What is Lymph Drainage Therapy?

Lymph Drainage Therapy is an innovative hands-on method of lymphatic drainage developed by Bruno Chikly, MD, DO.

It has been created out of his award-winning research on the lymphatic system consistent with recent scientific discoveries. LDT is the first technique that enables practitioners to detect and palpate the specific rhythm, direction, depth and quality of the lymph flow anywhere in the body. With these skills, practitioners can practice Manual Lymphatic Mapping (MLM) of the lymphatic vessels. With developed listening skills LDT practitioners are able to use their hands to assess and enhance overall circulation as well as determine the best alternate pathways for draining stagnant body fluid (lymph, interstitial, synovial fluid, etc…).

Lymph Drainage Therapy has been taught for almost 20 years to about 14,000 therapists throughout the world.


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LDT is a gentle technique that works through the body’s interstitial and lymphatic system to activate the body liquid circulation and stimulate the functioning of the immune and parasympathetic nervous systems.


Advanced LDT practitioners develop the skill to perceive and respond to the body’s innate ability to heal itself. The practitioner can then reroute the lymph by following the subtle indications given by the body enhancing the healing process. This eliminates mental mistakes in assuming we know what the body needs and therefore enforcing pathways that are not optimal. Honoring the intelligence of the body ensures deeper and long lasting results.

Advanced practitioners are taught how to “map” the lymphatic pathways with their hands (Manual Lymphatic Mapping – MLM) as well as to assess the client before, during and after the session. They also discover how to identify precise areas of the body where there is fluid stagnation or fibrosis, and then find the most appropriate pathways for drainage.


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Trained students learn how to work with muscles, fascia, tendons, periosteum, viscera, synovial fluid, chambers of the eyes, dura, pia, and blood vessels.


LDT also includes advanced techniques such as Lympho-Fascia Release (LFR) to simultaneously release lesions in the fascia and fluid of the body. These techniques can be applied to fascia, viscera, ligaments, tendons or trigger points in the body.

Silent Waves is the bible in the field of lymph drainage therapy. Author Bruno Chikly, MD, is a skilled physician and true healer, and he is the Einstein of this rapidly developing field.

Larry Dossey, MD, Executive Director, Alternative Therapies in Health and Medicine, Author of nine books including Healing beyond the Body, Reinventing Medicine and Healing Words.

Migraine Headaches
Chronic Neck and Back Pain
Msotor-Coordination Impairment
Central Nervous System Disorders
Orthopedic Problems
Concussions and Traumatic Brain Injuries
Spinal Cord Injuries
Infantile Disorders
Learning Disabilities
Chronic Fatigue
Emotional Difficulties
Stress and Tension-Related Problem
Fibromyalgia and other Connective-Tissue Disorders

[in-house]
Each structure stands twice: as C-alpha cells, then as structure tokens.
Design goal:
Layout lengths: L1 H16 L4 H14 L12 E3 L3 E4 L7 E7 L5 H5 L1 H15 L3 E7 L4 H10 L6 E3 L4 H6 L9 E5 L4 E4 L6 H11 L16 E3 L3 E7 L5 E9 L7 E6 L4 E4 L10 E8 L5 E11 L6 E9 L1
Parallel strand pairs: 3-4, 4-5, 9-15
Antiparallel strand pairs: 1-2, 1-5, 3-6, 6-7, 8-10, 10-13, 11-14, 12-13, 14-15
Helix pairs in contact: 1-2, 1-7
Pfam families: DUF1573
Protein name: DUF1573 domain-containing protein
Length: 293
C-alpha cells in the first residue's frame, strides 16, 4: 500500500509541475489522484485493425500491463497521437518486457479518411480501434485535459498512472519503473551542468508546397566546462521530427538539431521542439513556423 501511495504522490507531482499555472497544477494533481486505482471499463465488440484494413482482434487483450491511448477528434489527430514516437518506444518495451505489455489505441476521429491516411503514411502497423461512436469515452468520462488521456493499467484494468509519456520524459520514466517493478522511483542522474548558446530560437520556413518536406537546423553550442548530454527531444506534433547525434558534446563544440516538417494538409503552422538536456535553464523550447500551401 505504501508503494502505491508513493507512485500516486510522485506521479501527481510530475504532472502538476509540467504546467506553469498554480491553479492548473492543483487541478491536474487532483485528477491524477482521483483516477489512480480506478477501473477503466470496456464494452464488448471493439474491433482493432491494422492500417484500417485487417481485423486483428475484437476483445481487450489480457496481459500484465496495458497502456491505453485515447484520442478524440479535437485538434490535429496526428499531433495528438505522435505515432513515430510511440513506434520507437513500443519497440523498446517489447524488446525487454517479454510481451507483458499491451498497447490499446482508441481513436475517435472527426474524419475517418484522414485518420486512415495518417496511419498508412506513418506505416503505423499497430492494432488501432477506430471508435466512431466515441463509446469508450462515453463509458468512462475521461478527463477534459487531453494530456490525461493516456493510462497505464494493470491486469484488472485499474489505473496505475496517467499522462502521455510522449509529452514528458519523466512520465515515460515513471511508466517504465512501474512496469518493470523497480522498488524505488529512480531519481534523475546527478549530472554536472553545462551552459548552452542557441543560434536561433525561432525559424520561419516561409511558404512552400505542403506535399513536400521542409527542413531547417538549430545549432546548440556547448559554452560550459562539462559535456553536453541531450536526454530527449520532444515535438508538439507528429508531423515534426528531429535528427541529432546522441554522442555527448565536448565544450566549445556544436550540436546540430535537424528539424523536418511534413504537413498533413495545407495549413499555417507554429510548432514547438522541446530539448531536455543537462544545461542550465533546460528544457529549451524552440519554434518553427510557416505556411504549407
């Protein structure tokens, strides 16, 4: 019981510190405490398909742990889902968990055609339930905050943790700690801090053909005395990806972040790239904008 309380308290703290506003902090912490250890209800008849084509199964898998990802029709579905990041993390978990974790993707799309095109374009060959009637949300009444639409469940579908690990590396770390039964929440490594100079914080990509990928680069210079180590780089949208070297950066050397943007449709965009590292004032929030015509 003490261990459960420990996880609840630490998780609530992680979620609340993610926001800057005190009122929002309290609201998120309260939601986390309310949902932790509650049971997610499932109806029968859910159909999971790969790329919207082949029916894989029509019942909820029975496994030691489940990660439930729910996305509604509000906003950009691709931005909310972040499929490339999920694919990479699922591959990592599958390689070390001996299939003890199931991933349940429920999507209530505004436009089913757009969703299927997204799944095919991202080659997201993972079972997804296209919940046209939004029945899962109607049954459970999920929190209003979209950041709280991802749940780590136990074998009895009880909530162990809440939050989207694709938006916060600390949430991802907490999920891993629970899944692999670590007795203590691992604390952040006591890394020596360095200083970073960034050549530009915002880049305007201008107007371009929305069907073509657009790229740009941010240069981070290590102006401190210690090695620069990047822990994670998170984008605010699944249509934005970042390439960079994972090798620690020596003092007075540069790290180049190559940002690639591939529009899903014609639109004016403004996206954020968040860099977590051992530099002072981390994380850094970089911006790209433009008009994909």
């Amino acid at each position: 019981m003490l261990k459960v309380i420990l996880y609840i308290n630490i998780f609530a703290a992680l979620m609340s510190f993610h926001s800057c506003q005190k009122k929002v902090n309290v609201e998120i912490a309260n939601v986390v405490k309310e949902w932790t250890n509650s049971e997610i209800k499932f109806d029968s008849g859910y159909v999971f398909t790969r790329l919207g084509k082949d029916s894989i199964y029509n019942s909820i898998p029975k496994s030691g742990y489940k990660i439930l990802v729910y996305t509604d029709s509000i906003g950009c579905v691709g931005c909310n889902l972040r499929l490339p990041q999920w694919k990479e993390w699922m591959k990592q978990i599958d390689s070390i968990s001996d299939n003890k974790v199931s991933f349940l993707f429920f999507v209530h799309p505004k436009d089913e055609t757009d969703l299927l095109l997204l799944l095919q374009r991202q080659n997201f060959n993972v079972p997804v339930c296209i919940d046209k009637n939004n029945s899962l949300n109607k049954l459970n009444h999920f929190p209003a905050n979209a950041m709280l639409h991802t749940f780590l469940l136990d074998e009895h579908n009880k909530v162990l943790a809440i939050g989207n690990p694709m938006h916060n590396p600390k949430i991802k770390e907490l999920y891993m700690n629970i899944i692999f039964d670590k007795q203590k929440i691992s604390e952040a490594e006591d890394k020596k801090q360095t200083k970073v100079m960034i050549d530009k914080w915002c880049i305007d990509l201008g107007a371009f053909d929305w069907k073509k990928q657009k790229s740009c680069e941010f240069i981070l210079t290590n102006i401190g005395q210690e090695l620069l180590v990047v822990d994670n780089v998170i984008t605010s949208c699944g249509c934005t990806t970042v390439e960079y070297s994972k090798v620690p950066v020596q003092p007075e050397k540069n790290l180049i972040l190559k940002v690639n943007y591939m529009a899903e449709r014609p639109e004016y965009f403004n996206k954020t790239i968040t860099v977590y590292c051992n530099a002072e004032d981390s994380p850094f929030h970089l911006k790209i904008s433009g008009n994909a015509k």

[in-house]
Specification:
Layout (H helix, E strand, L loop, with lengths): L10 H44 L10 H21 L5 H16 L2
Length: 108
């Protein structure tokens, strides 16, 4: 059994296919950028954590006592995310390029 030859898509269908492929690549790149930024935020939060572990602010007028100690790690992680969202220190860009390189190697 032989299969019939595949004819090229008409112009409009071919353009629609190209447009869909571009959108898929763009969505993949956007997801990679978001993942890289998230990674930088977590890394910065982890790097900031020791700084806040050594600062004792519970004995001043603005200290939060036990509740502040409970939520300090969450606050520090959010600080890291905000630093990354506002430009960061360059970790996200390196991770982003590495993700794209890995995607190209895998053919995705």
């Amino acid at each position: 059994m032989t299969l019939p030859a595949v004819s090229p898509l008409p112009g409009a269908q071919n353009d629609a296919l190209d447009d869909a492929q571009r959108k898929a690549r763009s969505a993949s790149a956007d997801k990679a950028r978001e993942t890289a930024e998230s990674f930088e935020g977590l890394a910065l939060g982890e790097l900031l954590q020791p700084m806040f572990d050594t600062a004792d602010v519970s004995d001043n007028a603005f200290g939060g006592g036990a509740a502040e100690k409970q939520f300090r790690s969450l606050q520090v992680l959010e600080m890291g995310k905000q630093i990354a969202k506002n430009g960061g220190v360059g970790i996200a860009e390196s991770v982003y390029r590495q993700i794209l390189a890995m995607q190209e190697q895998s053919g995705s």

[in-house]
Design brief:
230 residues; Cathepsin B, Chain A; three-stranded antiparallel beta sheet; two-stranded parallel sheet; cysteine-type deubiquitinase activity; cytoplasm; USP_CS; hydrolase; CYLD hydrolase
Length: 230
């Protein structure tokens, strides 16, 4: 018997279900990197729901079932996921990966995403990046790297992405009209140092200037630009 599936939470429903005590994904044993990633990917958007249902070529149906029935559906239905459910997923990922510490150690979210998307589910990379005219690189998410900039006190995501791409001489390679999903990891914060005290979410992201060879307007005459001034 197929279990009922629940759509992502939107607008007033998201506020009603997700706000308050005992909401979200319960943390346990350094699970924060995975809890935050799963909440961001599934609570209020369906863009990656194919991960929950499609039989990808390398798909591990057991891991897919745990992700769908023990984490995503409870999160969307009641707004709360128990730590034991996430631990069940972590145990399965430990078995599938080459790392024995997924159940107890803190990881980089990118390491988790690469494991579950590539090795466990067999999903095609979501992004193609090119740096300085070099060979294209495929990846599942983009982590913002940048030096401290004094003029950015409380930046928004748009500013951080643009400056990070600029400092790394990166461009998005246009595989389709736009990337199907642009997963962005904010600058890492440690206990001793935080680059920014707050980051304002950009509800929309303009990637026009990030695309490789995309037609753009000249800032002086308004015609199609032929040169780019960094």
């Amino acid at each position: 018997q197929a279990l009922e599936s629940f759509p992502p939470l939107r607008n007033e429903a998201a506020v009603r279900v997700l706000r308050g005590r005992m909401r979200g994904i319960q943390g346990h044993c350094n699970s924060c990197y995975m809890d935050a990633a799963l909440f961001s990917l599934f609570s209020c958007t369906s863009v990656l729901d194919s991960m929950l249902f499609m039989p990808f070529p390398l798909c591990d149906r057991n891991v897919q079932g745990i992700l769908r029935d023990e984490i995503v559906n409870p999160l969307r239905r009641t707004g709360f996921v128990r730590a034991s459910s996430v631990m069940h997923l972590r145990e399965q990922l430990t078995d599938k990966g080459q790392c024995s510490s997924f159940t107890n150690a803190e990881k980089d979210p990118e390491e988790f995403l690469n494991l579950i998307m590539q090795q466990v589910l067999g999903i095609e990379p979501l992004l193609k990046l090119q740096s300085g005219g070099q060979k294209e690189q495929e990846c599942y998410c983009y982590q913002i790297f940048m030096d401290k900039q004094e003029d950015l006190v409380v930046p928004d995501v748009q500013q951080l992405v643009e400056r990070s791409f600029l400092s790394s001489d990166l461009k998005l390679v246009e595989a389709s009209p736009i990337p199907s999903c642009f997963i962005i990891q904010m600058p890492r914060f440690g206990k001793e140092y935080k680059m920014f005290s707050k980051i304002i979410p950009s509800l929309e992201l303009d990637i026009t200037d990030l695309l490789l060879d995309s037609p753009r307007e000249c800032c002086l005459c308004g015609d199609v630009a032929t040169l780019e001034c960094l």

Temporomandibular Joint Syndrome (TMJ)
Neurovascular or Immune Disorders
Post-Traumatic Stress Disorder
Post-Surgical Dysfunction

SomatoEmotional Release (SER)

SomatoEmotional Release (SER)

SomatoEmotional Release (SER) is a therapeutic process that uses and expands on the principles of CranioSacral Therapy to help rid the mind and body of the residual effects of trauma. SER1 offers applications designed to enhance results using CST and other complementary therapies.

  • Assess and mobilize the Avenue of Expression working through more than 10 different body components, including the thoracic inlet, hard palate and hyoglossal tissues.
  • Locate and release Energy Cysts.
  • Release suppressed emotions that may be inhibiting complete structural releases.
  • Refine listening and comprehension skills.
  • Improve palpation and whole-body evaluation skills.

Patient resources including intensive therapy program information.

Testimonials, including a video link from MCNBC with Aetna CEO.

To find a local therapist trained in Upledger CranioSacral Therapy, visit iahp.com.

CranioSacral Therapy 2 TA:

  • Satisfactory assistance in two CranioSacral Therapy 1 classes.
  • Written recommendation from an Instructor or Certified CS Teaching Assistant

CranioSacral Therapy for Pediatrics TA:

  • Successful attendance at a CranioSacral for Pediatrics workshop.
  • Satisfactory assistance at a SomatoEmotional Release 1 workshop.
  • Written Recommendation from an Instructor.

SomatoEmotional Release 1 TA:

  • Satisfactory assistance in two CranioSacral Therapy 2 classes.
  • Written recommendation from an Instructor.

All Other UII CS Courses:

  • Subject to Instructor recommendation, and may require additional qualification/s; such as repeating the course, certification, and/or being qualified to assist one or more additional class types.

CERTIFIED Teaching Assistant

  • Successful assistance at 4 CranioSacral Therapy 1 classes.
  • Successful assistance at 4 CranioSacral Therapy 2 classes.
  • Successful assistance at 2 SomatoEmotional Release 1 classes.
  • Successful assistance at a SomatoEmotional Release 2 workshop.
  • Certification at the Techniques or Diplomate Level of CranioSacral Therapy.
    You can substitute 24 hours of being mentored for either a CS1 or a CS2 Teaching Assistant requirement.

CranicSacral Therapy FAQs


[expand title=”   What is CranioSacral Therapy?“]